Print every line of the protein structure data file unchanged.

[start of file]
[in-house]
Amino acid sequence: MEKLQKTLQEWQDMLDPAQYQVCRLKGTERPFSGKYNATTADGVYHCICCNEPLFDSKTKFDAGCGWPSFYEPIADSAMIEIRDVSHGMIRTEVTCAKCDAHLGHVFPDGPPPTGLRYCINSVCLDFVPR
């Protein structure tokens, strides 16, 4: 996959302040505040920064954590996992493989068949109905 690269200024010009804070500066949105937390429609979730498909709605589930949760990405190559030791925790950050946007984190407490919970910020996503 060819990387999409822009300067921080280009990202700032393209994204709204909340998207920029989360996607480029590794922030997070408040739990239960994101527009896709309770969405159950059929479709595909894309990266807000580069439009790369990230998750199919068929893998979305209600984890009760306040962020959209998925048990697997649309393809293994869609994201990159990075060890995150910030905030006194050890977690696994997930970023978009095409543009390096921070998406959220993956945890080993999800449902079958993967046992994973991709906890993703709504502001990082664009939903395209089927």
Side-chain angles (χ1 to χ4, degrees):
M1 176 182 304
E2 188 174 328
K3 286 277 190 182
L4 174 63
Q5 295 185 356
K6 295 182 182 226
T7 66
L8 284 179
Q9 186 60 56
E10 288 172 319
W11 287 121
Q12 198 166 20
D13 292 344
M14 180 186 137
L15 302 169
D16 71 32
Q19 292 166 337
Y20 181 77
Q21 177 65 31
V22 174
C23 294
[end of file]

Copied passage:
[in-house]
Amino acid sequence: MEKLQKTLQEWQDMLDPAQYQVCRLKGTERPFSGKYNATTADGVYHCICCNEPLFDSKTKFDAGCGWPSFYEPIADSAMIEIRDVSHGMIRTEVTCAKCDAHLGHVFPDGPPPTGLRYCINSVCLDFVPR
């Protein structure tokens, strides 16, 4: 996959302040505040920064954590996992493989068949109905 690269200024010009804070500066949105937390429609979730498909709605589930949760990405190559030791925790950050946007984190407490919970910020996503 060819990387999409822009300067921080280009990202700032393209994204709204909340998207920029989360996607480029590794922030997070408040739990239960994101527009896709309770969405159950059929479709595909894309990266807000580069439009790369990230998750199919068929893998979305209600984890009760306040962020959209998925048990697997649309393809293994869609994201990159990075060890995150910030905030006194050890977690696994997930970023978009095409543009390096921070998406959220993956945890080993999800449902079958993967046992994973991709906890993703709504502001990082664009939903395209089927």
Side-chain angles (χ1 to χ4, degrees):
M1 176 182 304
E2 188 174 328
K3 286 277 190 182
L4 174 63
Q5 295 185 356
K6 295 182 182 226
T7 66
L8 284 179
Q9 186 60 56
E10 288 172 319
W11 287 121
Q12 198 166 20
D13 292 344
M14 180 186 137
L15 302 169
D16 71 32
Q19 292 166 337
Y20 181 77
Q21 177 65 31
V22 174
C23 294